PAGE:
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Tintin in the Congo: A review thread

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Mr Blumenstein
Member
#1 · Posted: 3 Aug 2008 18:33 · Edited by: Moderator
The purpose of this thread is for fellow Tintinologists each to add a detailed, thoughtful and sensible review for Tintins 2nd adventure, Tintin in the Congo. Please take note though that one sentence posts like "Tintin in the Congo is bull****." or "Tintin in the Congo is amazing" are not reviews. A post like " I think Tintin in the Congo is a great/rubbish book because...." are much more interesting to read. Ratings out of /5 and /10 are great but a post shouldn't just consist of a rating.

Moderator Note: While it is perfectly acceptable to set up a review thread (or similar), and to canvas your fellow members for an opinion, it has to be said that in that case, the initial poster should be prepared to give their own review; it’s hardly fair to set terms and conditions of what is deemed acceptable or not, and to judge what is interesting to read or not, and then to sit back and wait, without providing something interesting to read on the topic they have set.

Let’s see initial posters get the ball rolling, rather than leaving it to others.

The All-For-Fairness Tintinologist Team
cigars of the beeper
Member
#2 · Posted: 4 Aug 2008 17:48
Tintin in the Congo exists because Herge's boss thought that he should send Tintin to the Belgian Congo instead of America, where Herge wanted to send him next. As such, It is rather uninspired in storyline and artwork. The biggest problem, however, is the depiction of the natives. Back in the thirties, it was all right for there to be "black savages" in comics, and they would occur often. However, now whites have come to their senses and realize that blacks/Indians/Asians are not inferior, so any such thing is now offensive. It is because of the time it was written in that it is now so scorned. In some ways, Tintin in the Congo is part one of two adventures, which could be called "The Al Capone adventure", as Tintin encounters Chicago gangsters in both. However, Tintin in the Congo is more about big game hunting, and through the storyline, Snowy always knows more about the gangster villain than Tintin does. Just like in "Land of the Soviets", his first and previous adventure, Tintin careens through one amazing escape to another, stopping only to shoot wild game or to play tricks on the natives, or cruelly take advantage of them. The pace of adventure without a plot continued in Tintin until Cigars of the Pharaoh and The Blue Lotus were written, when Herge started to take his work more seriously. Tintin in the Congo probably would have been better if Herge had wanted to write it, and had not been forced to instead.
Briony Coote
Member
#3 · Posted: 24 Jan 2009 05:37
I think the political correctness issues and weak artwork (check out those stick-like crocodiles and compare them to the beautifully-drawn alligators in Prisoners of the Sun) have been discussed enough and I will not repeat them here.
In my opinion, the best part is right at the beginning on the ship, where Snowy has a contretemps with a parrot and then Tintin has to rescue him from drowning.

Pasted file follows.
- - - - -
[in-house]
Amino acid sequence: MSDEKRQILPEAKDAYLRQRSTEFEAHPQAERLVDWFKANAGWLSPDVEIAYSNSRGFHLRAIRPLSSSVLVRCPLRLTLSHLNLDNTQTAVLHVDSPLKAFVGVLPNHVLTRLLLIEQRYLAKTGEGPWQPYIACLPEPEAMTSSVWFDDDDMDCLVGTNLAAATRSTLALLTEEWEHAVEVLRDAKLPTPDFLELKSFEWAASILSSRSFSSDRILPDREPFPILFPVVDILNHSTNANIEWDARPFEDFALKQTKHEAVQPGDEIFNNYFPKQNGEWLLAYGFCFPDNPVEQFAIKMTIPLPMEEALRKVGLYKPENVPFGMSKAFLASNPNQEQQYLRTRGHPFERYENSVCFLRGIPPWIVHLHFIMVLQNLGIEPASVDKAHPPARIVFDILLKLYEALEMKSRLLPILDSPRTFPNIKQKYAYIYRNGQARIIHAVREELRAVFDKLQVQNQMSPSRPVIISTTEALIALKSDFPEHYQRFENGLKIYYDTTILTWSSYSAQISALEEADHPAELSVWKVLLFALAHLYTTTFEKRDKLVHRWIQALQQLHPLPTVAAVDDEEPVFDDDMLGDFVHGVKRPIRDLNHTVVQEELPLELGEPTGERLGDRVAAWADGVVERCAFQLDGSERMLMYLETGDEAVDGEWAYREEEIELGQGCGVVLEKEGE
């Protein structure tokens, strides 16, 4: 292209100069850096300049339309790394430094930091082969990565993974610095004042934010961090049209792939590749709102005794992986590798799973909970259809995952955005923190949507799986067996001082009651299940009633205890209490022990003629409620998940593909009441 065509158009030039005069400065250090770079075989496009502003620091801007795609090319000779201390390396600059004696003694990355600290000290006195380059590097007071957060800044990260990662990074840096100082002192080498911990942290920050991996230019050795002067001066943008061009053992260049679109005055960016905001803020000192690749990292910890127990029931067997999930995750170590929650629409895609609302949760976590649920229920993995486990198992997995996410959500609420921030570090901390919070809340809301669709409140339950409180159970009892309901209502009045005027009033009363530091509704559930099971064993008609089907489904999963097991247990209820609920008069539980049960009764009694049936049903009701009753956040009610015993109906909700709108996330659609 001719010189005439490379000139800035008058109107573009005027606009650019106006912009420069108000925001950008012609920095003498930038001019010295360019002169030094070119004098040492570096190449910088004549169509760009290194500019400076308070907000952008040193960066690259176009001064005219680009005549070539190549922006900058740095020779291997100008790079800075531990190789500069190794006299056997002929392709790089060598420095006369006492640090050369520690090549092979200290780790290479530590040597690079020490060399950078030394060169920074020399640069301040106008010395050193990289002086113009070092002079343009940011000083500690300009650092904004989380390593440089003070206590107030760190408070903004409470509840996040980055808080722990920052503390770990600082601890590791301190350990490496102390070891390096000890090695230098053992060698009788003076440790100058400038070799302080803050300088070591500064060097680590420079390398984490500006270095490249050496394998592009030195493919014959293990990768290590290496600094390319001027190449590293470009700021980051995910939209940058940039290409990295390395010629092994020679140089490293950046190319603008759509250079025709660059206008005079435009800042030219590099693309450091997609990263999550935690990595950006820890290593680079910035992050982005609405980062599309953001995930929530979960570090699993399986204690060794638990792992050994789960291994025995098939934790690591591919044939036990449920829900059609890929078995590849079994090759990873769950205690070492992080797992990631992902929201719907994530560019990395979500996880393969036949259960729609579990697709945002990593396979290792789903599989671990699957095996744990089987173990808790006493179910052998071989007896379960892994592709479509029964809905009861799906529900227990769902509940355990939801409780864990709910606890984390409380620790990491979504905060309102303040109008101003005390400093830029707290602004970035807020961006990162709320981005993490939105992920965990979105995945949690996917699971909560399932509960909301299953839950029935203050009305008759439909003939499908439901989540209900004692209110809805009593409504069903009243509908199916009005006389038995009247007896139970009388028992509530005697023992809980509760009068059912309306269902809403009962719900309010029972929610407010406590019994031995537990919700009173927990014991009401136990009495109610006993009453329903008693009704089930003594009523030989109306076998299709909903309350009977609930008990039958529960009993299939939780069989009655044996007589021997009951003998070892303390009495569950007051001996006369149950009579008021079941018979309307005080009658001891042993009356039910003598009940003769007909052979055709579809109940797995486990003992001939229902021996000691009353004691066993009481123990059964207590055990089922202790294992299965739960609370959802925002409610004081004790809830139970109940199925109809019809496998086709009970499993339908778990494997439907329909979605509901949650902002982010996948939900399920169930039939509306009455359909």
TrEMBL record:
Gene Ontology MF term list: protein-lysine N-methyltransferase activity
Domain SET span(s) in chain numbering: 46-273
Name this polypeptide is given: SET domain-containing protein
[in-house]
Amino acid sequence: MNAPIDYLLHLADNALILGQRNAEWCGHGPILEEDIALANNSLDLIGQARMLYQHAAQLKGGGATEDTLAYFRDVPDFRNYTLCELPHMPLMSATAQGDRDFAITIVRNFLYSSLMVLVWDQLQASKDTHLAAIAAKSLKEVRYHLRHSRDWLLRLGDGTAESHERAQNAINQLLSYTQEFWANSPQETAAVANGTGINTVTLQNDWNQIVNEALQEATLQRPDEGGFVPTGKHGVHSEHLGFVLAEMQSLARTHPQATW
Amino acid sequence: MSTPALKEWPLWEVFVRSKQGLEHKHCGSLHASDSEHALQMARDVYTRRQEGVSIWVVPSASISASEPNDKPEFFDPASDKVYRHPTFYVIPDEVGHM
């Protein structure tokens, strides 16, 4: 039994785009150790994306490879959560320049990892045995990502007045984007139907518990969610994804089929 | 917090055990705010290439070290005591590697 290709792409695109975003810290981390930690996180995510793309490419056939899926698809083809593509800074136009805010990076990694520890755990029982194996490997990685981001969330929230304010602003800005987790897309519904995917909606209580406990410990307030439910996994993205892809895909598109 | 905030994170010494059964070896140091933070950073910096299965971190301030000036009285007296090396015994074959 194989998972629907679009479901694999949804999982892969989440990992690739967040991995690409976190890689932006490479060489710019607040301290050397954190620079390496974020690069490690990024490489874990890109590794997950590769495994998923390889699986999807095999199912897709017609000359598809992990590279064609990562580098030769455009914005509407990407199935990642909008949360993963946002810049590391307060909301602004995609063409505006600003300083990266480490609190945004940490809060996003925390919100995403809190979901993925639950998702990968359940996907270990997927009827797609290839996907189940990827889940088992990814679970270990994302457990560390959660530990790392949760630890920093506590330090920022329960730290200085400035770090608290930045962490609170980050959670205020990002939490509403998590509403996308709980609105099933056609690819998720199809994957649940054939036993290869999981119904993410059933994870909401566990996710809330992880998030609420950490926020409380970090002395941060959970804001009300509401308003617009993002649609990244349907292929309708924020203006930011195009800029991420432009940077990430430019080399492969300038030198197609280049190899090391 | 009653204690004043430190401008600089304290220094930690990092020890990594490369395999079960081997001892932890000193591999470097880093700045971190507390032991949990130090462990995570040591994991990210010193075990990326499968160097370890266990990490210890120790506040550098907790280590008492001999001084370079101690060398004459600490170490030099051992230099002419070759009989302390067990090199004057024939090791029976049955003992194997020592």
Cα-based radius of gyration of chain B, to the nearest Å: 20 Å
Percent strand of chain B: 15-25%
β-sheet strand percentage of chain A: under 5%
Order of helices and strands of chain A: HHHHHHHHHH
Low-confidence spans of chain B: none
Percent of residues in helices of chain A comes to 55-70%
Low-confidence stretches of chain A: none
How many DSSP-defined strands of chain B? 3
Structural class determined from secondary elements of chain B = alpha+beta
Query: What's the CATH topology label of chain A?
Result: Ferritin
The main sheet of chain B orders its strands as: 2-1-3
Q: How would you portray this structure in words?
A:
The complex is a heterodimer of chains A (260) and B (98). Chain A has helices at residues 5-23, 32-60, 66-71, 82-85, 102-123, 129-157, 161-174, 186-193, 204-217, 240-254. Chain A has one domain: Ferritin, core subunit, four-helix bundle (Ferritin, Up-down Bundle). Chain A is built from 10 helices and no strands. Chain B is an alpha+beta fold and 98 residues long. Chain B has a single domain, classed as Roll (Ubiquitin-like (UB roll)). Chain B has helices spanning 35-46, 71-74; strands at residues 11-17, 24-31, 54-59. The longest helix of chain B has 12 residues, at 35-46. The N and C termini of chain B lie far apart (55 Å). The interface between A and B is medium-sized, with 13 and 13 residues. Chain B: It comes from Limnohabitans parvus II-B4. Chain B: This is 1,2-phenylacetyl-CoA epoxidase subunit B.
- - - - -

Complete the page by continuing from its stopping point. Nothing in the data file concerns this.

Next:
This is the only part I really find in any way exciting, funny and capturing the true flavour of Tintin.
The rest is either too boring, too silly or too stereotyped to grab my attention; overall the story conveys the feeling of listlessness and has none of the energy which I can feel with Tintin in the Land of the Soviets or Tintin in America.
This is no surprise when we learn Hergé was pressured to produce it; his heart was not in it and it shows.
The stowaway who is out to kill Tintin gets full marks for sheer relentlessness but he is simply not in the league of Alan, much less Rastapopoulos or Dr Muller.
At least he was a step up from the villains in Soviets who were there as types representing the Soviet police state but they had no personality, no names - and no brains!

2/10
Spune
Member
#4 · Posted: 6 Feb 2009 19:31
Actually I found it far more enjoyable than others say.

The capture/escape, capture/escape style of story telling is a little annoying but different enough from the other books to make it uniquely entertaining. There are also some great moments of peril, for example when Tintin is about to fed to the crocodiles.

Yes the stereotypical and down-right racist depiction of the natives is very uncomfortable, but undeniably interesting from a historical point of view. When I read the book, I just laughed at the unavoidable ignorance of Herge and the paternalistic attitudes of the era. You can't really deny that it makes this book a little more enjoyable to read as simply a means of seeing how times have changed.

The same goes for Tintin's treatment of the wildlife. It's so ludicrous now to think that a cartoon children's character would shoot a chimp, take out it's innards and wear the skin to fool another monkey that all you can do is laugh.

So unintentionally, I think this book is still a good romp. Yes there is hardly any plot and the art isn't as good but it's still a nice bit of escapism if part of me wishes that this book had never happened. :D

5/10
number1fan
Member
#5 · Posted: 28 Apr 2010 17:52
Briony Coote:
2/10

Thats a very harsh rating the drawings in the colour version are great.The animals drawn in the book reminded me alot of Herge's Fable series

My Rating for Tintin in the Congo